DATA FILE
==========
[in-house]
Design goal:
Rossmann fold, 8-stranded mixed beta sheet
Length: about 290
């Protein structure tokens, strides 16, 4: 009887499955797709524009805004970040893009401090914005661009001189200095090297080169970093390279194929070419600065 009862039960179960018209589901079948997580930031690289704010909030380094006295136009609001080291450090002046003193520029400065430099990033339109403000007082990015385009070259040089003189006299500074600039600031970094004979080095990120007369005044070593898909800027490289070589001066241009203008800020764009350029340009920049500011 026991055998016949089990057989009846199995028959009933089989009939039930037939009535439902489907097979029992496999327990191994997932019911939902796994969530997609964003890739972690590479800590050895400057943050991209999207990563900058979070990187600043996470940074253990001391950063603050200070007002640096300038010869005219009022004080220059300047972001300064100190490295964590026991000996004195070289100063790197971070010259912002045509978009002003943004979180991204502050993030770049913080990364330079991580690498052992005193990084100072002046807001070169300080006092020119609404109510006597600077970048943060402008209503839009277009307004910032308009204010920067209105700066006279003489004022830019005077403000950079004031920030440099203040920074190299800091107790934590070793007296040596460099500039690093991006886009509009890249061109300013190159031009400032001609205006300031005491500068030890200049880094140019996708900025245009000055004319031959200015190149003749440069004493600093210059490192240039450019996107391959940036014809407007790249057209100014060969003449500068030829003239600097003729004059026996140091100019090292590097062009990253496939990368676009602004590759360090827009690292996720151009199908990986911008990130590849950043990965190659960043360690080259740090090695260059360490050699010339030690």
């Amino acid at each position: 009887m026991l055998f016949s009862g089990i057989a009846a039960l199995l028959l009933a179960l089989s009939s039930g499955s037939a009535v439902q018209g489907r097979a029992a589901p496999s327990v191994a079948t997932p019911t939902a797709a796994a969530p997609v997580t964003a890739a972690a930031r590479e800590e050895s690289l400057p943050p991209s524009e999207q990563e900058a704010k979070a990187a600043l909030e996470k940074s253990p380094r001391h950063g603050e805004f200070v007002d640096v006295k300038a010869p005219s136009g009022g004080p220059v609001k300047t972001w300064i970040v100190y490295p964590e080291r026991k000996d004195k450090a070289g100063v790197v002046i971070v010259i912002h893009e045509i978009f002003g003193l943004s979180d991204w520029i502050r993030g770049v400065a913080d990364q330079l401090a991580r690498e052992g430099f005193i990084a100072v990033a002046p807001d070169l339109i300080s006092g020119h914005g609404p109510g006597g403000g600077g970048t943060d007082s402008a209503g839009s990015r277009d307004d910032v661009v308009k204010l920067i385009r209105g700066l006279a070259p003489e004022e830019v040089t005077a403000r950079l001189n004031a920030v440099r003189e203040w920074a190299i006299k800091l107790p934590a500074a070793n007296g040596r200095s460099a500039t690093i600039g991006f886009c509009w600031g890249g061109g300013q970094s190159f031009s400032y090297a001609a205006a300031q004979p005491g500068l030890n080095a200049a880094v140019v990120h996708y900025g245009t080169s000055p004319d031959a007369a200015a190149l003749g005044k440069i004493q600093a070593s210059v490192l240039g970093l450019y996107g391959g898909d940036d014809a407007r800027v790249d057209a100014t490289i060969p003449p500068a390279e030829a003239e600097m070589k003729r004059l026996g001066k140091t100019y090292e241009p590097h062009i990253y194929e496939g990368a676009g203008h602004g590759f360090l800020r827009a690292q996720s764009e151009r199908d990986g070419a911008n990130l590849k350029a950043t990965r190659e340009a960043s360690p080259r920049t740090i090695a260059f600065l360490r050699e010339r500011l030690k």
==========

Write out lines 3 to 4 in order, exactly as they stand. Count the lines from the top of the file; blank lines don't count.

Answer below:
Rossmann fold, 8-stranded mixed beta sheet
Length: about 290